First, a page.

The existence of the gender pay gap has been a long-debated issue between men and women. Some argue that there is no gender pay gap because salary always depends on the kind of work that men and women do, while others claim that women get lesser pay compared to men just because of their gender.
A recent study of Office for National Statistics show that there is indeed a pay gap. The good news is that the pay gap between men and women who belong to the younger generation is narrower compared with the gap between people who belong to earlier generations, Business Record reported.
It does not necessarily show that there is some improvement for women on the pay gap front. However, millennials may welcome the news because it could signal that businesses and industries are becoming more aware of the issue.
The study found a declining trend of the pay gap depending on generation. The analysis of data shows that those who are born between 1946 and 1965, known as baby boomers, had 16% in gender pay gap on average. Meanwhile, Generation X, or those whose birthdays fall between 1966 and 1980, had gender pay gap of 9%. Millennials get the smallest pay gap among generations at 5%.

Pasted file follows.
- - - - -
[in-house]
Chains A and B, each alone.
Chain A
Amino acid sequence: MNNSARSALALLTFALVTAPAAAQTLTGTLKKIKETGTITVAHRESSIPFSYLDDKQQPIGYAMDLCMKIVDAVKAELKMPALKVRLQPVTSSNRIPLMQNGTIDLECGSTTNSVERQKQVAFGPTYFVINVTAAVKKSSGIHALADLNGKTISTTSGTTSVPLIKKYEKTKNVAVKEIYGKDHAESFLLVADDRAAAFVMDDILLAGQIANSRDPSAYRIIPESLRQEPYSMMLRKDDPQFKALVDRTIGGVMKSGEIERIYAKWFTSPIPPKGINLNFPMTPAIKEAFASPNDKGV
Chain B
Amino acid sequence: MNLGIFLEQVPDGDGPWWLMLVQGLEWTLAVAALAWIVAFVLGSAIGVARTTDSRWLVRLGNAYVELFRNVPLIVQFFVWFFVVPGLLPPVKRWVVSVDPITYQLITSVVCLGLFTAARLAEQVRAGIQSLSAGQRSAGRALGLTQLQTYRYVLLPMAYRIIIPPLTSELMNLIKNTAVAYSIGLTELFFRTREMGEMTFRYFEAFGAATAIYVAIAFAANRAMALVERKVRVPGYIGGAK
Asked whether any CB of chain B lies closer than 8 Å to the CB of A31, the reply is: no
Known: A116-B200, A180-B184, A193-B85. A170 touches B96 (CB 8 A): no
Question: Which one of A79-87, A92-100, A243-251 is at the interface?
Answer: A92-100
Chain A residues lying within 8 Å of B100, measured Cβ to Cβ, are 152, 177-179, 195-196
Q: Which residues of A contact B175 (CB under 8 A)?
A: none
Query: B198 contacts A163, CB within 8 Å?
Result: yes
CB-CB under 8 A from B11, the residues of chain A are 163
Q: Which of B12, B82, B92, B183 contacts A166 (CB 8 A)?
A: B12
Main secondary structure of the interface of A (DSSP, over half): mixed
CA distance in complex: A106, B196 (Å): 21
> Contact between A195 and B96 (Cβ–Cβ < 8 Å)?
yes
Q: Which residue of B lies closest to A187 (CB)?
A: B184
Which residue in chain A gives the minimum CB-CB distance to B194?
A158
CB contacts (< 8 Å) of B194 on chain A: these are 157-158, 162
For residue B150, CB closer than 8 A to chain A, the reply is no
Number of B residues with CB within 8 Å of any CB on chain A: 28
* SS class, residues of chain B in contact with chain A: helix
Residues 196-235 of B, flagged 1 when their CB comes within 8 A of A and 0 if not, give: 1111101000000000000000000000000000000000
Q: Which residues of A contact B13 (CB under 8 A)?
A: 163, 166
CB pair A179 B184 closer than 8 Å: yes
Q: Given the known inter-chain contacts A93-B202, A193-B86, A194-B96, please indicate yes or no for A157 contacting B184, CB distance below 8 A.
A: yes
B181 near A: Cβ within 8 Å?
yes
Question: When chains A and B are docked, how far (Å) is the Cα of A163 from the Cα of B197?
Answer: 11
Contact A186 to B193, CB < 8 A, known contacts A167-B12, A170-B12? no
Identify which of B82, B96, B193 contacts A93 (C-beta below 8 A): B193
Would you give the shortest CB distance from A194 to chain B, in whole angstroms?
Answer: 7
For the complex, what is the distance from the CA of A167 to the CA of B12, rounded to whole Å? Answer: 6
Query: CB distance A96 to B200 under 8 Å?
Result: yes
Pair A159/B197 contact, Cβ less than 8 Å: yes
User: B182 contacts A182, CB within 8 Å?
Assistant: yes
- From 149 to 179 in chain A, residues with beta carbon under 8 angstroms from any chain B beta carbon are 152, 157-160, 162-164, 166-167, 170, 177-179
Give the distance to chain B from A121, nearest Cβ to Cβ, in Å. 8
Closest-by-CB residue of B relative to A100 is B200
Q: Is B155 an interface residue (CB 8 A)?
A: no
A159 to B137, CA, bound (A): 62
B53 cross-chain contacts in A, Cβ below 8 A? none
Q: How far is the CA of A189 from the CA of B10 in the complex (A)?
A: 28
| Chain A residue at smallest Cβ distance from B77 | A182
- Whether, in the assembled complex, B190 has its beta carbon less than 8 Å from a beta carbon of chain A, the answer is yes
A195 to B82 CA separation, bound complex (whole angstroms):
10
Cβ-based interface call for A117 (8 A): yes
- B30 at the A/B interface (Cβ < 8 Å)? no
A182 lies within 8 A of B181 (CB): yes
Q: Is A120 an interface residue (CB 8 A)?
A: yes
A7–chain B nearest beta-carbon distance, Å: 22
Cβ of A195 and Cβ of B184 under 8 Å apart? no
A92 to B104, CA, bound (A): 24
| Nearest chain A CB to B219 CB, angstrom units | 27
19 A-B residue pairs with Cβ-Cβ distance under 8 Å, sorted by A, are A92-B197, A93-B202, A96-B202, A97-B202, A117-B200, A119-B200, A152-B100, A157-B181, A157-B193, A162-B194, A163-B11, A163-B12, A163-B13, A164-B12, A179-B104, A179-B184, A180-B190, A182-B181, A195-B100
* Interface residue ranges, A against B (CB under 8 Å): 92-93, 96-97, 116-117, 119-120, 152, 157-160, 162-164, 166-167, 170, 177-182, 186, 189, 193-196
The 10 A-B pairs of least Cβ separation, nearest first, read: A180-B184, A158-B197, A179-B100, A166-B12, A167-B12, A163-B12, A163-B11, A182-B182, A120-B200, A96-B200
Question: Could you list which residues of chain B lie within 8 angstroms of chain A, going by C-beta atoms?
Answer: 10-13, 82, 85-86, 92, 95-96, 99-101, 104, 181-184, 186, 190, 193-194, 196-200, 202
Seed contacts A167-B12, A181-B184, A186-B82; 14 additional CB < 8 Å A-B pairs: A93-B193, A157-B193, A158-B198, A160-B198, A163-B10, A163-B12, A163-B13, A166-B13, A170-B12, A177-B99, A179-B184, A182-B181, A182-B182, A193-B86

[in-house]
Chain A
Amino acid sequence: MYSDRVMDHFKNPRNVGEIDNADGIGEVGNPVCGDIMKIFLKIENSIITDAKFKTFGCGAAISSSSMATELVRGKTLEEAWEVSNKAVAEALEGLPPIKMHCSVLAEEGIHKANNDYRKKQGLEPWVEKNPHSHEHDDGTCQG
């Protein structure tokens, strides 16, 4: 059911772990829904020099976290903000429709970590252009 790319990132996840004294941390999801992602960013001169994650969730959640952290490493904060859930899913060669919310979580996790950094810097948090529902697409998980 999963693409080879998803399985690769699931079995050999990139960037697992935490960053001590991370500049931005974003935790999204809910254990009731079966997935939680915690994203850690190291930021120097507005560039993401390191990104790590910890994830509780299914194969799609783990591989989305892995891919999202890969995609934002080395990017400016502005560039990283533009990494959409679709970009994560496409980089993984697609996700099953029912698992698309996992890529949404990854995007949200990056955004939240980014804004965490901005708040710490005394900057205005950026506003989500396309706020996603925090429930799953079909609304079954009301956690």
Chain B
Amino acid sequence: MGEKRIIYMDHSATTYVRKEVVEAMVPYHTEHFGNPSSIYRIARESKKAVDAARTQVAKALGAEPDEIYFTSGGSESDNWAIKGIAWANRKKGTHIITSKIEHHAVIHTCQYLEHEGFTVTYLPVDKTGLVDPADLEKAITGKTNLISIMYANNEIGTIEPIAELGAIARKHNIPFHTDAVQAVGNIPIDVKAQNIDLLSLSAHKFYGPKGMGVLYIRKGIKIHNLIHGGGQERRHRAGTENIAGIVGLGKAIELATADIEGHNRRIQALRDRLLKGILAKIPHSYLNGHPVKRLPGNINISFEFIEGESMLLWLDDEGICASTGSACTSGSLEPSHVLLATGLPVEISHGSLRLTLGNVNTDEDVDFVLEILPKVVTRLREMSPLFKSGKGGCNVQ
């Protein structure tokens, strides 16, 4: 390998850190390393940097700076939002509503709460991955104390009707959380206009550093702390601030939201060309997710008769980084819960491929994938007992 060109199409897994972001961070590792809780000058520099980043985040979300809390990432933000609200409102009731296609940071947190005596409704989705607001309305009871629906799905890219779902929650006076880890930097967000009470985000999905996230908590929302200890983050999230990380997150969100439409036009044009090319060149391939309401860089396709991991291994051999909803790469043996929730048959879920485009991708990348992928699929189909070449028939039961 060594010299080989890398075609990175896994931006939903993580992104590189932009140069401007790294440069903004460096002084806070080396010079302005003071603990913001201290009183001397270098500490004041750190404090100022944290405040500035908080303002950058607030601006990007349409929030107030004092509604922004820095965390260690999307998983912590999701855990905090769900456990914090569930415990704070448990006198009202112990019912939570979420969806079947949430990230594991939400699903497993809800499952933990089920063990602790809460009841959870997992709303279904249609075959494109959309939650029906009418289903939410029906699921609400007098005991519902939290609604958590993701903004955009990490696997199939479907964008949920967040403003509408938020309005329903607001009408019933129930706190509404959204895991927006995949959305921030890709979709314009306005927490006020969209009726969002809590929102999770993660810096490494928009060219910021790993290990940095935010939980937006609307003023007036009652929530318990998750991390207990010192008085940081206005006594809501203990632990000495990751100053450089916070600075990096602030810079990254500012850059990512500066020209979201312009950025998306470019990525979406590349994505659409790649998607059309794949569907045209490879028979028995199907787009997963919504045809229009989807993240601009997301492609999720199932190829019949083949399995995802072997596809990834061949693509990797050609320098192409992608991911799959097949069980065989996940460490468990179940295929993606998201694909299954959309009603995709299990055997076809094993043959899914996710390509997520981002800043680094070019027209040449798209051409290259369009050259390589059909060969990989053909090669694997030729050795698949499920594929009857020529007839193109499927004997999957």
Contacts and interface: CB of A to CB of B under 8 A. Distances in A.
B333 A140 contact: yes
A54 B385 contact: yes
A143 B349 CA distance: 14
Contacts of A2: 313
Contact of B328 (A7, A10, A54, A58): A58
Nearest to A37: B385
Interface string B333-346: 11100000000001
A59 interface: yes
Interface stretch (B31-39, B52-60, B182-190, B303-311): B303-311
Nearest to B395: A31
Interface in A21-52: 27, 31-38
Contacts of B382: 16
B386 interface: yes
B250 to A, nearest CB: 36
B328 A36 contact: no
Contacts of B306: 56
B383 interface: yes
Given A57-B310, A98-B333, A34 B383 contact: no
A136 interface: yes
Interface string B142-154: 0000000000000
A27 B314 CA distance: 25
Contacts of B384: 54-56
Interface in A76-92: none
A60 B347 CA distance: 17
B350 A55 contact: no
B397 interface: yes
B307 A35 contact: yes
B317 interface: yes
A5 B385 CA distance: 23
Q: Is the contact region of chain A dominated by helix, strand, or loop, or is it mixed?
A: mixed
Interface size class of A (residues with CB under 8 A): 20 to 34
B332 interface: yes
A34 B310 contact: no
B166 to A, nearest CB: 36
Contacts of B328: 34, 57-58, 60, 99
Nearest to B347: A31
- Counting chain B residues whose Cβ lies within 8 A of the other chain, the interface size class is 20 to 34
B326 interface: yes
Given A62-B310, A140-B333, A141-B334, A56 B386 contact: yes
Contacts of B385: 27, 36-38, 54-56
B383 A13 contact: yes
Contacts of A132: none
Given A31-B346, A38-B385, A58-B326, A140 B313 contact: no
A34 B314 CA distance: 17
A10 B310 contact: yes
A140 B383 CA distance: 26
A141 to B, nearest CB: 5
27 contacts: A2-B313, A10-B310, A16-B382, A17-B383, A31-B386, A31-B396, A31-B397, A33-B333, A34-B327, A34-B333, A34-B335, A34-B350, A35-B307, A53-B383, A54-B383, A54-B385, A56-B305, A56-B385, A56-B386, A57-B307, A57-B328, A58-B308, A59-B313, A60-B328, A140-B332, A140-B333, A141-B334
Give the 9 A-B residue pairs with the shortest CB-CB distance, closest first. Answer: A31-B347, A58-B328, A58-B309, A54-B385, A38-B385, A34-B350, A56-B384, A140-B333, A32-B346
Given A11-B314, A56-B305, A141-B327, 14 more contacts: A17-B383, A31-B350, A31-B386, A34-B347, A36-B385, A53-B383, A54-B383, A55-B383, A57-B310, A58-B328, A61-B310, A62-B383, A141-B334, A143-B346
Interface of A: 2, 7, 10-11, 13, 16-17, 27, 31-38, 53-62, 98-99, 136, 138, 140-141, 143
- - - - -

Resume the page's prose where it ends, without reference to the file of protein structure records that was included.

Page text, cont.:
The bad news, however, is that women in 30s and early 40s suffer wider pay gap compared to younger women. The cause may be that they usually start a family.
The pay gap may be related to confidence gap between men and women as men are more likely to assert their request for an increase compared to women, CNBC reported. Women who want to narrow the gender pay gap should learn to be assertive and ask for pay raise or promotions.
Jobs & Hire previously reported about how enthusiastic negotiation can give job applicants the offer they deserve.